Post-Traumatic Stress Disorder (PTSD) is an anxiety disorder that develops after a person has experienced very stressful or distressing events. Symptoms can include intense feelings of distress and extreme physical reactions when reminded of the trauma, nightmares, detachment, feeling emotionally numb etc.
In a normal person, stress levels usually return to normal after the stimulus is taken away. In people suffering from PTSD, however, the regulatory system that manages the stress hormones are malfunctioned. The smoke detector, the amygdala, is rewired by the trauma to interpret certain situations as life-threatening dangers. It sends signals to the survival brain to fight flee or freeze. Having all three happen the same time causes the person to mentally shut down, or trigger a panic attack.
There is a study recorded in the book “The Body Keeps the Score” by Bassel Van Der Kolk, where people who have experienced trauma had their Heart Rate Variability measured while in Savasana. Instead of picking up a clear signal, they ended up with too much muscle activity. Rather than going into relaxation, their muscles continue to “be on standby mode to fight unseen enemies”. It is shown how difficult it is for traumatised people to feel completely relaxed and physically safe in their bodies. Memory of helplessness is stored as muscle tension in the affected body areas. Many survivors cope by trying to “neutralise unwanted sensory experiences through self-numbing”.
Yoga, however, can help.
Learning to stay calm
People who have gone through trauma often find it difficult to stay calm. The body is constantly at a heightened state of anxiety and stress, especially for War Veterens. Through Pranayama, it teaches them to focus on the breath. More oxygen is brought to the head and the rest of the body which is known to help in relaxation. Kapalabathi (also a Kriya) for instance, helps with unlocking mental and emotional blockages. It encourages a tranquil state of mind, and can help relieve stress and depression. The chanting of AUM, which is the vibration of life, can also create a calming effect and help smoothen the mind. With regular practice, the focus on the breath and the internal chanting of AUM becomes habitual and can be a method to turn to whenever they sense a flashback or panic attack coming.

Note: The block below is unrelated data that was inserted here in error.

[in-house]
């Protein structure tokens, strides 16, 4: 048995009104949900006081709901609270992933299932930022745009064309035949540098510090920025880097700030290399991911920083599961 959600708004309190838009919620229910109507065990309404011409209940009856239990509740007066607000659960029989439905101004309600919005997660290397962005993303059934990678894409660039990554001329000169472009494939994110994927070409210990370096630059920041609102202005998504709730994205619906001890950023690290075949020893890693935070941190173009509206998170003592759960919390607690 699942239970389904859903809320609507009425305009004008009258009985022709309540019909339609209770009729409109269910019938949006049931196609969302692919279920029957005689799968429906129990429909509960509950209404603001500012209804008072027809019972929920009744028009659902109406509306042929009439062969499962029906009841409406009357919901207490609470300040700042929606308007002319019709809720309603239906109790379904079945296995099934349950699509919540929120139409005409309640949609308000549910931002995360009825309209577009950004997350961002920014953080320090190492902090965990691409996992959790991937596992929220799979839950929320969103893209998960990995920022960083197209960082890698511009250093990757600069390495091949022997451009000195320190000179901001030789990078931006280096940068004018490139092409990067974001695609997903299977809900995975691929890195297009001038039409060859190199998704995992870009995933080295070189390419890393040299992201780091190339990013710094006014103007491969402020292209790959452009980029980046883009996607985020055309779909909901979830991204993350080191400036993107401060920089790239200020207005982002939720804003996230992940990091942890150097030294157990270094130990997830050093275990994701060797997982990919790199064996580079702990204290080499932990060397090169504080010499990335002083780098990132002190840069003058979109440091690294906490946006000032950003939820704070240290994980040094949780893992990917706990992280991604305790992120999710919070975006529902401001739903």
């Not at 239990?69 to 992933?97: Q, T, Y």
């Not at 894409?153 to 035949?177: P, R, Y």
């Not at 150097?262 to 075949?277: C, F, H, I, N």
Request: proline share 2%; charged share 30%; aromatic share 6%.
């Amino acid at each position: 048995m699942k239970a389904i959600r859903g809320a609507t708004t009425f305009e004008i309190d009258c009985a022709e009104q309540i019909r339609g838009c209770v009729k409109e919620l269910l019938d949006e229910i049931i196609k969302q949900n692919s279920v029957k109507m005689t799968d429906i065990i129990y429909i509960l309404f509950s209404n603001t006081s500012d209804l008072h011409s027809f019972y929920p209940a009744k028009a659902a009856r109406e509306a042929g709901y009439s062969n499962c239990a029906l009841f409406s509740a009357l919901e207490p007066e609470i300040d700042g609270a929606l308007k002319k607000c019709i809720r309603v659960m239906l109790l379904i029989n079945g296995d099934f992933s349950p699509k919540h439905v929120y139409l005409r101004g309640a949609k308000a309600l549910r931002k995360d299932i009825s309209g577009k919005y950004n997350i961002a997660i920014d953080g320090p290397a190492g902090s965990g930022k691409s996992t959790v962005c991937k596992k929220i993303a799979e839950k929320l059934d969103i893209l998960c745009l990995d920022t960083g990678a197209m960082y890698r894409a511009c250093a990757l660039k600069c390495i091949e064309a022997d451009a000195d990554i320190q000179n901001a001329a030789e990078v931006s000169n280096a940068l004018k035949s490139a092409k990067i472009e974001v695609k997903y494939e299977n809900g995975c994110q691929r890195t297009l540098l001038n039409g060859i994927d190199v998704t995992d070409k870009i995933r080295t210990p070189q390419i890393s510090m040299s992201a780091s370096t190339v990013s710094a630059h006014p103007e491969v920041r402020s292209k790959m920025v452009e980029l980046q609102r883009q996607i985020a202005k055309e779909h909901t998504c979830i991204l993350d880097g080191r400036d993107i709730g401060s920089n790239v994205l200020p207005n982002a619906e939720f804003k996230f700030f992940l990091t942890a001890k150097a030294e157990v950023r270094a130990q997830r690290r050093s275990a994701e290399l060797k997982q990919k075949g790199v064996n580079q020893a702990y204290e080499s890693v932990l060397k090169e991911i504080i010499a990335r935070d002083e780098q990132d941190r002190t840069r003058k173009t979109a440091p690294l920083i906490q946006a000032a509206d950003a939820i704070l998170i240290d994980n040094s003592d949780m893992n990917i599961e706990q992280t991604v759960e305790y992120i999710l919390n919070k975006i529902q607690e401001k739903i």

Rebuilding body awareness
We need to be aware of what our body needs in order to take care of it. In yoga, there is focus on the breath and builds an understanding of how our body moves with it. We notice the connection between body and mind, emotions and physical asanas — How anxiety about doing a pose ends up tensing the muscles and throwing you off balance. Or the calmness of hearing your own inhalations and exhalations during Ujjayi breathing. Physical practice of asanas can also help rebuild self-confidence and establish a friendly relationship with the body. This is especially so for survivors of sexual assault, many of whom hate their bodies.
Learning to be in control
Trauma survivors often do not feel in control of their mind and body. They may be able to logicize and think rationally on a normal basis. But when fear or strong emotions are triggered by association, all logic fails to work as the brain goes into survivor mode or shut down. These triggers are often random and can happen anytime. The fear of panic in itself can also increase the anxiety multifold. Yoga, however, teaches control. Through the lengthening of the breath in Pranayama, or learning to focus while in balancing poses, or holding in a pose for long periods of time, it all trains mental discipline and is reassuring that you still are in control.
Channeling of energy
In yoga, there is practice of channeling energy towards energy centres such as the heart, throat, forehead etc during Asanas. Similarly, trauma survivors can also learn to channel their fear (negative) towards something more beneficial (positive). For example, determination to hold asanas, or the fight to keep trying and never give up when unable to do a pose.
It is important for friends and family members to be supportive and help create a safe environment. Trauma survivors need to learn that the stressful situation is now over. They need to know that they are now safe and have no need for fear. This takes time to slowly rewire the brain, to relearn to trust. Patience and encouragement is key. Yoga can be helpful when introduced the practice slowly, but it is also important to understand that it can be very difficult for them to stay in Savasana or in any meditative state due to the sudden quietening of the mind which may bring up traumatic memories that they do not wish to relive. Symptoms for PTSD can last for months or years, or they may come and go in waves. However, with enough time, patience, willpower, and consistent yoga practice, the symptoms can be minimised, or even be eliminated.